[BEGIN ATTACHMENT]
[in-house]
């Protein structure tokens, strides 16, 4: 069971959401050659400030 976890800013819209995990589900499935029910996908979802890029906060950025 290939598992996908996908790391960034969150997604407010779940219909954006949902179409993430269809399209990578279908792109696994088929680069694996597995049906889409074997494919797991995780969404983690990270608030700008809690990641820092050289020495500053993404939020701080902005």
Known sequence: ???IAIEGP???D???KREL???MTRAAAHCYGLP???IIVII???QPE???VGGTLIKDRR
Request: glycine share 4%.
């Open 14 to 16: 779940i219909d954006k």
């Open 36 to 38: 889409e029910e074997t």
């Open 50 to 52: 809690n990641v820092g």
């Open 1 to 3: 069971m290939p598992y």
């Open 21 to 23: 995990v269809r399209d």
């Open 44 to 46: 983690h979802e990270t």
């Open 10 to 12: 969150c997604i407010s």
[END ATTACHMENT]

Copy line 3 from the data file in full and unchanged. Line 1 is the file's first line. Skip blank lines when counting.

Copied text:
Known sequence: ???IAIEGP???D???KREL???MTRAAAHCYGLP???IIVII???QPE???VGGTLIKDRR